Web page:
About the Author: Attorney Jay Andrew is a founding partner of Drost, Gilbert, Andrew & Apicella, LLC. He is a graduate of the University of Dayton School of Law and has been practicing in estate planning, probate, trust administration, real estate law, residential/ commercial leasing, contracts, and civil litigation. Since 2005, Jay has been a Chair of the Mock Trial Committee for the Annual Northwest Suburban Bar Association High School Mock Trial Invitation which serves over 240 local Illinois students each year.


Sources:
http://www.cityofchicago.org/content/dam/city/depts/bldgs/general/Tenant%20Ordinance/Keep_Chicago_Renting_Ord.pdf
https://chicago.legistar.com/View.ashx?M=F&ID=3706622&GUID=A2C5368B-910F-4485-BD73-116F5F10374C

Zoning of Real Estate

Web Admin - Tuesday, January 19, 2016

zoning of real estate, Illinois Real Estate AttorneyIf you are a business owner searching the market for commercial real estate, it is critical to be aware of, and understand, the various zoning laws. These laws will impact what you are allowed to do on the property. Therefore, determining the types of activities your business will engage in is also important when looking for commercial property. 

What Do Zoning Laws Do? 

Under Illinois law, local municipalities can utilize zoning laws (also referred to as zoning ordinances or land use regulations) in order to protect communities and regulate their growth. These laws establish zones of property that can only be used for specific purposes. There are numerous types of zones, including: 

1. Residential;

2. Commercial, such as retail stores, office buildings, and hotels;Industrial, which involves manufacturing facilities;

3. Agricultural, which are areas designated for farming activities; and

4. Recreational. 

Hence, for example, an individual would be prohibited from opening a manufacturing plant in an area zoned for residential use. However, most real estate, with the exception of single-family homes and lots, can be commercial real estate, as you have probably seen an old building once used for manufacturing changed into office or retail space. 

Zoning laws regulate various activities of businesses for numerous reasons, such as ensuring areas receive adequate light, to protect against the risk of fires and to minimize congestion on public streets. Some of the common laws enacted regulate: 

1. Noise level;

2. Appearance of the building (such as its height and proximity to other buildings);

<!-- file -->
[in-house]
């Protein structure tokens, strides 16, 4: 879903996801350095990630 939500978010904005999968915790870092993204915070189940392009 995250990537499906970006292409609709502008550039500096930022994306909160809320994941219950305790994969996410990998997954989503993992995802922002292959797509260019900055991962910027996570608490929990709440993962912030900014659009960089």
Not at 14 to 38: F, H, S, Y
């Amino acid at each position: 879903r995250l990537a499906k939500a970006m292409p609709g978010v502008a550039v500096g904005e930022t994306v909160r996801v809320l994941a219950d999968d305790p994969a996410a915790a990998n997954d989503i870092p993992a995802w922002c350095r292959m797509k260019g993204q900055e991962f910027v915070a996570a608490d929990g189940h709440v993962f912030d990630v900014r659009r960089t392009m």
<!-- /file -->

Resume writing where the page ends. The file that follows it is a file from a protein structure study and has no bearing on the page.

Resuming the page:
3. Whether parking must be provided; and

4. Size, placement, and appearance of signs.

Depending on the type of business, the more or less relevant certain restrictions may be. For instance, the limits on the amount of noise that can be produced likely does not affect a grocery store, but may greatly impact a nightclub. Other regulations, such as those related to the appearance of signs attached to the building, will likely affect any type of commercial use of the property. 

The zoning laws make it important for business owners to check their local ordinances to ensure that they will be allowed to perform the types of activities necessary to operate the business. It is important to not simply rely on the activities that the previous tenant or owner conducted because past use is not an indicator that the same future use is permissible. For example, generally speaking, when a new law is passed that prohibits activity, the current occupant is allowed to continue to conduct the activity that is now prohibited (called non-conforming use). However, when a new occupant enters the property, he or she must conform to the law (it is impermissible to continue the nonconforming use).

Real Estate Help 

The success of your business can be significantly impacted by leasing or purchasing real property that does not fit with the activities your business needs to conduct. For more information about commercial property, contact a skilled Illinois real estate attorney today. Our firm provides legal representation for individuals in the communities of Inverness, Palatine, Schaumburg, Arlington Heights, Long Grove, Kenilworth, Riverwoods, Barrington, South Barrington, and Mount Prospect.